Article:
Looking back that nuclear bomb practice was a key war incident in my life. This fearful homage to the spectre of war signalled for us that our WW2 victory was no longer useful. The dividends of war had now been paid. Our handlers needed to provide more motivation to keep us moving in the right direction. The easy loans, the quick gratitude due the Veterans was now gone. More sacrifice was needed. In order to be safe, to be secure we needed now to be prepared for nuclear war. The cold-war had begun. Now, a systematic campaign to warn people and prepare the west for the impending nuclear holocaust, with an almost certain doomsday scenario began and the constant building of the nuclear arsenal and our crazy stumble down the road to mutually assured destruction with The Soviet Union was in full swing.
Even in our own hemisphere, small regional conflicts and incidents over the years from the "Bay of Pigs" with Cuba, an angry brouhaha continuous until today, to the squabble over The Falklands, helping our pals the British, have served over the years to remind me of war and the importance we hold of imposing our will by force, "defending our freedom" in the world it was termed. Let's not forget our brave soldiers parachuting in to Panama to subdue the horrid dictator dope-dealing CIA shill Manuel Noriega. Perhaps defending our "freedom to do business" might be more apt since it seems in the end that most human conflicts from a personal to a international level seemed in the final analysis to be about distribution of resources. Apparently, Mankind has a hard time sharing. That is why we have so many war babies.
Even in the best of times, the war has been always with me. Even in the sunny days after the Korean war. War has always been there, maiming our young men and sending many of them home broken and not fixable. For example there is my recollection of an incident one early autumn day right after the Korean war at the Mormon missionary across the street from my house.
I was on the Mormon mission property to visit my friend Wayne whose father ran the Mormon mission. As a result of Wayne's father's exalted position we were two young rascals with the run of the property. One day, Wayne and I rudely burst into one of the missionary's bedrooms, Brother Two. We were unexpectedly seeking his help to put up the ladder reaching the Mango tree full of fruit but just out of reach easily visible ripe and delicious fruit. Brother Two, a veteran of the Korean war, after returning from duty in Korea was now serving the Mormon church as a missionary. Brother Two had that clean cut look that some Mormons favor. Blue eyes, blond hair, square jaw. No fat. He was my hero.
Imagine Wayne and my surprise when instead of giving us his easy smile and helping hand, Brother Two violently rolled from the bed wailing and screaming pulling the mattress on top of himself, screaming. After he stopped crying and composed himself, he was dripping with sweat and red faced and sobbing and we were scared and apologetic. I saw Brother Two in a different light from that time onward. He drew my attention dramatically to war and it's consequence in the human animal. Another war baby.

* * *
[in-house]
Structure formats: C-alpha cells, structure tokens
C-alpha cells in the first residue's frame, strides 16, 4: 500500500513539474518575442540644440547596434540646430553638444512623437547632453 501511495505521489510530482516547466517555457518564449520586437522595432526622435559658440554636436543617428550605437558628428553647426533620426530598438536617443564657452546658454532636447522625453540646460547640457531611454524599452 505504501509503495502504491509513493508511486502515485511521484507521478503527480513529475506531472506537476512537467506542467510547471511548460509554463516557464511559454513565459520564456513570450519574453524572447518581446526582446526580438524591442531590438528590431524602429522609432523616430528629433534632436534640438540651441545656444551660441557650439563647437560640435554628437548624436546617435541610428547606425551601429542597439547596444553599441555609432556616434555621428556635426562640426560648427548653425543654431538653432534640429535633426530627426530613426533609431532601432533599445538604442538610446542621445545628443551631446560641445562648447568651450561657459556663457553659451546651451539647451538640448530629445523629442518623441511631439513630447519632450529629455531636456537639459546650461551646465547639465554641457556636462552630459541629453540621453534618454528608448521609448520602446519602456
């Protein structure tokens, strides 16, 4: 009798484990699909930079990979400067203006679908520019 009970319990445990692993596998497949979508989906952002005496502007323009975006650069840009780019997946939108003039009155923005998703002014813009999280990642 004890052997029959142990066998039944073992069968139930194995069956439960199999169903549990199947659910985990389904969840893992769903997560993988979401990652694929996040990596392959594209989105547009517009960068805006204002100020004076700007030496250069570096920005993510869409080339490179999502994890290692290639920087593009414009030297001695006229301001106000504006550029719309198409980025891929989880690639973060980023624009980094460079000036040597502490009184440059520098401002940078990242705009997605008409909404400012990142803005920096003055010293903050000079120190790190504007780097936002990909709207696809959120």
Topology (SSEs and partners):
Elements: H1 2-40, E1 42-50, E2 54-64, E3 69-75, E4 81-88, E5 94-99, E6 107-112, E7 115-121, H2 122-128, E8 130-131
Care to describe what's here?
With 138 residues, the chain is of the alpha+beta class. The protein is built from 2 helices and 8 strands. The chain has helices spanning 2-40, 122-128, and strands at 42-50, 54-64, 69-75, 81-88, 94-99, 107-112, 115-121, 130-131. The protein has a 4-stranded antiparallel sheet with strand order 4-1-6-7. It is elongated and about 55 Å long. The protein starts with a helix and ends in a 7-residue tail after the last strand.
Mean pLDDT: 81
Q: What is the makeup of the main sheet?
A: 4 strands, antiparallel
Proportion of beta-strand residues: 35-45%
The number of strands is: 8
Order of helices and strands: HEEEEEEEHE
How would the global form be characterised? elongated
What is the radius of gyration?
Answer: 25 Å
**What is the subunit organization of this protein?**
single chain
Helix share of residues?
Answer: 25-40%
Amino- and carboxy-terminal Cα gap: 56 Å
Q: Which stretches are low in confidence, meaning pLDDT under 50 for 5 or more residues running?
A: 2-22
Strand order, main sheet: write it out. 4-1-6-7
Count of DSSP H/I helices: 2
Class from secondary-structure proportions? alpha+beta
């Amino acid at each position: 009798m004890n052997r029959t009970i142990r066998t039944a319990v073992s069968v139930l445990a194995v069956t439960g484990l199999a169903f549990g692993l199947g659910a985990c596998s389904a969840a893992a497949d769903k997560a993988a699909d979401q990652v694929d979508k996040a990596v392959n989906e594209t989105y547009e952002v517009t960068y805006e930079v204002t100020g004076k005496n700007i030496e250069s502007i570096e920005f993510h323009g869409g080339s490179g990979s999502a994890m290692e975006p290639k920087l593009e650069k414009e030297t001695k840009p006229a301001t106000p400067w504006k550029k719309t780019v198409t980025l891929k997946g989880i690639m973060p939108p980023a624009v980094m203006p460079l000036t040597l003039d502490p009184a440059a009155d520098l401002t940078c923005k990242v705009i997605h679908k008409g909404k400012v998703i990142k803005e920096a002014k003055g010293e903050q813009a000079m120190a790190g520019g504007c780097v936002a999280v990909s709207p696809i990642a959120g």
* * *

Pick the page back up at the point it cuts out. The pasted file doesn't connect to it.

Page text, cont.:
And then of course there was Vietnam and the draft. I came of age during the Vietnam conflict. By that time I was no longer a willing listener when the powers that controlled our destiny beat the war drums. But I figured that I had to do something or I might be leaving my bones rotting in the jungles of SE Asia.
So I joined the reserves three weeks before the draft notice arrived at my parent's house while I was still in basic training on my way to eventually becoming a hospitalcorpsman stationed in a pediatrics unit at a West Coast Naval Hospital. In the outfit I joined most reserve units didn't make it to the front but stayed at home and did logistics and other duties. I knew I did not want to go to Vietnam and sacrifice my life in a dispute over resource dominance. If I had not been able to qualify for the reserves, I would have run away to Canada as did many of my friends. No way this war baby was going to go to war over profits. NO WAY.
More? Check out Iraq one and two. More resource wars. Horror? Terror? You name it, we have our chains jerked on a daily basis by the propaganda and disinformation that postulates nuclear horror, Islamic Jihad, or whatever acid generating stomach churning angst that is the primary tool of population control in most well organized human societies today.
It is unfortunate that my life has always been about war and not about peace. I wish I had not been a war baby. In the interest of not boring you, I've edited out the more mundane examples of daily drum beating of the war machine and included a few of the more colorful examples of the human destruction left in the wake of the global war machine.
All these depressing home movies I've just described lead me to draw a conclusion based on my own personal experience, that we are manipulated from birth to death to respond to the drumbeat of war. Propaganda and carefully crafted memes are constantly exhorting us in the pursuit our safety and security to give up our lives and the lives of our sons and daughters to die in foreign lands. What for? For the corporate profits of a few? Trite as in may sound we are manipulated from birth to death to give our soul to the company store.
It is time mankind evolved. I don't want my grandchildren and their children to be war babies.